do it like deko-ze

Deko-ze is my favorite DJ in the whole world.  If you ever get a chance to see him, take it.

and those who were not written into the book of life….

I’ve been reading Warren Ellis’ delightful Transmetropolitan books this evening, thanks to Dave, and as I tend to write like whoever I’ve been reading, I figured it’s time to talk about things I hate. Anyone who has read Transmet will understand this urge. That said, I don’t feel like being that self-indulgent on the internet, and certainly not on a forum that isn’t MySpace.

I would also like to talk about Mr. Ellis, but I’ve really not read enough of his work to do so with any sort of accuracy. Transmet reads so much like Hunter Thompson that Ellis must be going out of his way to do it, especially as what little I’ve seen of Fell does not.

That said, they share the knack for “realism via selective grotesquery” that Thompson used to describe his artist for Fear & Loathing, Ralph Steadman. If Steadman is still alive, he should do some art for Ellis…

what a goal

For anyone who is local to Victoria and who likes playing soccer, there are two games that happen near my house on Monday night – one is at the field at Sir James Douglas, and one is at the field right next door, on Brooke Street.  Go to Google Maps and search for “Brooke Street, Victoria, BC”, and you should be able to find both fields.  I generally play, and badly, at the Brooke park game.

(Also, Davin and myself finished up the next Royal Assassin tune last night, and it is looking to be out on Pacific Front sometime soon.  Hazzah!)

the russians are coming

One of the things I’ve always said is that no one should be allowed to enter politics until they’ve played Civilization:

Not only is it a spectacular game that offers all kinds of insight in to running an city, tribe, empire, monarchy, and so on, it also demonstrates just how easy it is to be horrible to other people. How many of you, when you played it, broke alliances, invaded your allies, and generally drove people underfoot like so much cattle? Do I see some raised hands? Yes, I think I do.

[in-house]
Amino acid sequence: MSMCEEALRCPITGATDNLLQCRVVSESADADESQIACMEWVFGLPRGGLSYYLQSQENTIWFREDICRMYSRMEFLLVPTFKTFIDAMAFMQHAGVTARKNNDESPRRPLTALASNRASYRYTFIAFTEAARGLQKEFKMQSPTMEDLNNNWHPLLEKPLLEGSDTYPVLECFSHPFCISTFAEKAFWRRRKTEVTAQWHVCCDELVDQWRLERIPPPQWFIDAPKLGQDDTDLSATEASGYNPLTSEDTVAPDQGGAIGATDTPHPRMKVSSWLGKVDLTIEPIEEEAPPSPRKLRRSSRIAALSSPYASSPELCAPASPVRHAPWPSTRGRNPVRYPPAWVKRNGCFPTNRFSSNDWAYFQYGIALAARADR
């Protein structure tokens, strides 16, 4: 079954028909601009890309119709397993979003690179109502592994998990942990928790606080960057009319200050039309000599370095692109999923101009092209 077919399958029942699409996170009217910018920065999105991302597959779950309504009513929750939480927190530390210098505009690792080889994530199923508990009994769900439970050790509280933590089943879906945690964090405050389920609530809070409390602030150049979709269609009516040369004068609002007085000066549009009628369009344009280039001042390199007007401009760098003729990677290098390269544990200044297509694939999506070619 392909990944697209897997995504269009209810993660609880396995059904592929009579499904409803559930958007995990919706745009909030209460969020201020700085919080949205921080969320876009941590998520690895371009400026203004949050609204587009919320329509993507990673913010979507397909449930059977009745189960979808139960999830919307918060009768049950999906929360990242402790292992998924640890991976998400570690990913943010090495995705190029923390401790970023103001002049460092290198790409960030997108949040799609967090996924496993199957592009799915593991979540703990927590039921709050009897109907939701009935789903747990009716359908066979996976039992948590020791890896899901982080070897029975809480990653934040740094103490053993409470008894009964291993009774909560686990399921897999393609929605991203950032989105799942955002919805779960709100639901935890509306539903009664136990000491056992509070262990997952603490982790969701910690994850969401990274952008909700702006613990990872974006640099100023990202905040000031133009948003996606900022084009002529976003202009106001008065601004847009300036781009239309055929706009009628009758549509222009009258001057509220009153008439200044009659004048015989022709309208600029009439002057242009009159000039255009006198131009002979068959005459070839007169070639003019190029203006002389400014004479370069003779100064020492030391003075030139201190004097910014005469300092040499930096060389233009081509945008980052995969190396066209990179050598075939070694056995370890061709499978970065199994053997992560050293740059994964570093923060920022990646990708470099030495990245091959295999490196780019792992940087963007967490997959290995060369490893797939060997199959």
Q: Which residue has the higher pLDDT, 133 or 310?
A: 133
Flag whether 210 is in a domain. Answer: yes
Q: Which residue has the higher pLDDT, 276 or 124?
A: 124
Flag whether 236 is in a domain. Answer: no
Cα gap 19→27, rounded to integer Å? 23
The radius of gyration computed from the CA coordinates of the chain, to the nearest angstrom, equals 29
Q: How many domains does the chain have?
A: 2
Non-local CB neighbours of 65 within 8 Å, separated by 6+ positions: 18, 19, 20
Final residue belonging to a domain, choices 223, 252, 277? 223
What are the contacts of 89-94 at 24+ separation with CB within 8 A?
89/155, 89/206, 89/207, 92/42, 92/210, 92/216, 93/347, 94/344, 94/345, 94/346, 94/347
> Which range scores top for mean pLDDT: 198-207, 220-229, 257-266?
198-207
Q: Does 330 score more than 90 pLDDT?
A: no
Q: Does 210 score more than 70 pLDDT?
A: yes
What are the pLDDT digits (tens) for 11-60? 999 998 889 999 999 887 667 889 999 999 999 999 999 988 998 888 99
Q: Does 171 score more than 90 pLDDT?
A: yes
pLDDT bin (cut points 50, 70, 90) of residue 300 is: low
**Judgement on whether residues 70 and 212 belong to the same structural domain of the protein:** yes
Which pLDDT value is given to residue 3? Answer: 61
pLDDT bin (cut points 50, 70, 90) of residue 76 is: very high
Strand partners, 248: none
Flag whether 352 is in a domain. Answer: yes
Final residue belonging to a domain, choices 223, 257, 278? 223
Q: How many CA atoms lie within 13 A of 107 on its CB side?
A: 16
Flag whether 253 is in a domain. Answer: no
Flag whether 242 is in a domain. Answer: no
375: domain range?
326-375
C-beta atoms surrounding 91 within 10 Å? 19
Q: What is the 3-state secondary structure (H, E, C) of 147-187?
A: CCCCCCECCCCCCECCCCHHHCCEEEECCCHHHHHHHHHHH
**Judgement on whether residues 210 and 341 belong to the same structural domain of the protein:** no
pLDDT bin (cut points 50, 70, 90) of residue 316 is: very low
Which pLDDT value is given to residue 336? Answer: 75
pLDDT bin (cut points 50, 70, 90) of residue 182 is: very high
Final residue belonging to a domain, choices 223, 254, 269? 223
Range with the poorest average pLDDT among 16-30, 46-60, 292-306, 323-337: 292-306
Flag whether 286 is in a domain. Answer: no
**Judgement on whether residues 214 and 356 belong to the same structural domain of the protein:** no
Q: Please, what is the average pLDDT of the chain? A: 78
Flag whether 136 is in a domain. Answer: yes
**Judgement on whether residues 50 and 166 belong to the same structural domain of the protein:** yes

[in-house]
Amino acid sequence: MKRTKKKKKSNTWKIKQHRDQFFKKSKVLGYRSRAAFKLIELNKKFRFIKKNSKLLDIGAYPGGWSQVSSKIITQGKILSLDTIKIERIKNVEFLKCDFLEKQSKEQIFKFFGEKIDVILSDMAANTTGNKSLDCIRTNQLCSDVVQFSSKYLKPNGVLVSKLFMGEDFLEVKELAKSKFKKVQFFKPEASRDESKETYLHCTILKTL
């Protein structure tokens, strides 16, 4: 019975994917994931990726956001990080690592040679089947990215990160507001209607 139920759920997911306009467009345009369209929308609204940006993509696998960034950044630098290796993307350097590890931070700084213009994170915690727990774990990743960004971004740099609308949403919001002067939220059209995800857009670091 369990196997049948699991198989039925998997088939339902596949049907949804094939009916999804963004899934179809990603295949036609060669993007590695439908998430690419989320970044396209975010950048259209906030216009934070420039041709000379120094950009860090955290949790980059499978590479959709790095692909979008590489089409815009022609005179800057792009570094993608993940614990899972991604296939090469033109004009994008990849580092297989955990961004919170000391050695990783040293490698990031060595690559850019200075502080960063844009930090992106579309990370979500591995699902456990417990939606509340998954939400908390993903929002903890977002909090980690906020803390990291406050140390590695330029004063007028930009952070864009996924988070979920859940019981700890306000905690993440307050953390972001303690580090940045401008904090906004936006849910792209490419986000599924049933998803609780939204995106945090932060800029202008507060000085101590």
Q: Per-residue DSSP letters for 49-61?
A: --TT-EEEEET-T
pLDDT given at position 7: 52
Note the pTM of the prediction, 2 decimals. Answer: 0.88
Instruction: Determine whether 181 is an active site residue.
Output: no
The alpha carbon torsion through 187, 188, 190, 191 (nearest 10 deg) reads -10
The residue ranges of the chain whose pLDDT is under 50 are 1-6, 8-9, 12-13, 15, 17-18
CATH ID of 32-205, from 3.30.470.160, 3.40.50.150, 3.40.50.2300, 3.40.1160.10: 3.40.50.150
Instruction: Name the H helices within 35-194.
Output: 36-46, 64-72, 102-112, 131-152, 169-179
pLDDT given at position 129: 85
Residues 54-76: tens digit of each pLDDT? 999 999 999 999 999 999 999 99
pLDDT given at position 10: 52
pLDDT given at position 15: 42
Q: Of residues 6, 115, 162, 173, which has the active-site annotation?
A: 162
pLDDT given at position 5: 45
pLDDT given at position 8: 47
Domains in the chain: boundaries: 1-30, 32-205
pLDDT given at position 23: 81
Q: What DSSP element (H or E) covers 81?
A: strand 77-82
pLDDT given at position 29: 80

Now there’s a second must-play for all of you who want to rule the world: Defcon:


Defcon, which is roughly a simulation of a global thermonuclear war, is an important game for politicians for two reasons. One, it’s multiplayer. Two, you can alter alliances in the middle of the game. Hello, Machiavelli. The chances for abusive diplomacy are just shockingly high.

So call up your country’s leader and ask them: have they ever tamed all the barbarians and brought peace to the world? Have they ever knocked out all of an ally’s radar with submarines before launching a precise tactical strike, saving their nation in the process?

I mean, I can’t speak for everyone, but I’d vote for anyone who’s done both.

earplug weekend

Let’s just hit some highlights from a memorable and exhausting few days:

–  Standing in the parking lot at Apex with my records, two tanks of gas for the generators, and the promoter’s sister, debating if we should just set the parking lot on fire and leave.

– Hanging from some scaffolding at VEMF on Sunday night, watching a full Centinnial Square dance around to Adrienne Sanchez

– 0500 Saturday night now, playing twisted techno with Caleb at Apex, so much so that someone decided to pitch his sleeping bag right in front of our speakers, and nod his head to sleep.